The Drunk Driver's Relief Act
The No Fault act makes an at-fault driver responsible for any "serious" injuries he causes. For many years, the meaning of this threshold requirement was simple: jurors had to consider the facts of the injury and damages and decide whether it was "serious" in normal parlance. As most people now know, in the Kreiner case the conservative majority of the Supreme Court re-intrepreted "serious" to require that the injured person's injuries have a "life-altering" impact. They also stated that the life-altering impact cannot be based on pain and can only be based upon physician limitations and restrictions.
There have been many notorious and senseless pro-insurance and anti-victim decisions since Kreiner. A teen-aged girl's closed head injury that necessitated missing a full year of school was deemed "not serious". A neck injury that caused a herniated disc, dangerous surgery, several months of missed work and nagging permanent pain "was not a serious impairment". Several victims with serious limb or facial fractures, torn knee ligaments, ruptured discs, and other colloquially "serious" injuries have been denied compensation, despite permanent restrictions on work activities and hours (even to the extent of being limited to working 24 hours per week), total loss of recreational activities, and doctor-confirmed lifetime pain problems.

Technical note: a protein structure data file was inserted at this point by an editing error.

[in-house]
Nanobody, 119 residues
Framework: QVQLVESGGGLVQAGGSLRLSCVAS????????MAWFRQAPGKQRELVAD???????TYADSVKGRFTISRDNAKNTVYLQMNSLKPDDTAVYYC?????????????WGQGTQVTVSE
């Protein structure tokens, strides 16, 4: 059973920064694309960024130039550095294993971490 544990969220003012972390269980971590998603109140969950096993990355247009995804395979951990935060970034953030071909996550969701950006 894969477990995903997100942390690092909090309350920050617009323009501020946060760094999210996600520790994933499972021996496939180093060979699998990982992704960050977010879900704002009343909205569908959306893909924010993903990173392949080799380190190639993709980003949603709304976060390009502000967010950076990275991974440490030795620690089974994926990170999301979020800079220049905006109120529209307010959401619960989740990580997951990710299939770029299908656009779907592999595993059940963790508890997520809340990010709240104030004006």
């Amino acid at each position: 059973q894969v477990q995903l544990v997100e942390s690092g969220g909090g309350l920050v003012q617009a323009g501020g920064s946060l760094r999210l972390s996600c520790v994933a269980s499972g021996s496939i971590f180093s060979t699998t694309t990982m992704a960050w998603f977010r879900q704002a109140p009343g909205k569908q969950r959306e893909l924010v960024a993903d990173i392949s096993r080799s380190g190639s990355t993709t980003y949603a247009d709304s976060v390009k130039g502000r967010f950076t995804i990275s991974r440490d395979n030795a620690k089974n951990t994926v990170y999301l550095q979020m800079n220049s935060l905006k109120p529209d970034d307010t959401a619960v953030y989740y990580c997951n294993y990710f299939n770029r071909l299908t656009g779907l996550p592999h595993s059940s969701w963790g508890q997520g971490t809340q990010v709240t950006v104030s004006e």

The latest of these extreme decisions releasing a careless driver's insurance from paying compensation , involved a man who suffered a torn rotator cuff and other injuries in a high-speed collision when the at-fault blew a red light at an intersection. The victim, Herbert Jurnikian, made a fairly prompt recovery form injuries to his knees, hands, and neck, but his torn rotator cuff turned out to be intractable.
His family doctor wouldn't approve the recommended surgical repair because of his age and pre-existing emphysema, so Mr. Jurnikian was forced to live with chronic, severe pain in the shoulder. He had attended literally dozens of physical therapy sessions over more than a year. The therapists recorded that he could not do any pushing, pulling, lifting, carrying or heavy work involving his shoulder. He could not even shoot pool without experiencing pain, and often required help with dressing and bathing.
Despite the fact that he endured severe pain with virtually all activities that was so severe his doctors would have liked to operate to give him some relief, two judges of the Court of Appeals ruled that "reasonable minds could not conclude" that he had suffered "a serious impairment of bodily function." These two judges thought the issue was so clear that they did not even allow Mr. Jernukian's attorneys to participate in Oral Argument on appeal. One would think that with the threshold for liability claims raised this high, all Michigan residents should have seen a significant reduction in our no fault insurance premiums: has your insurance gone down in the past few years?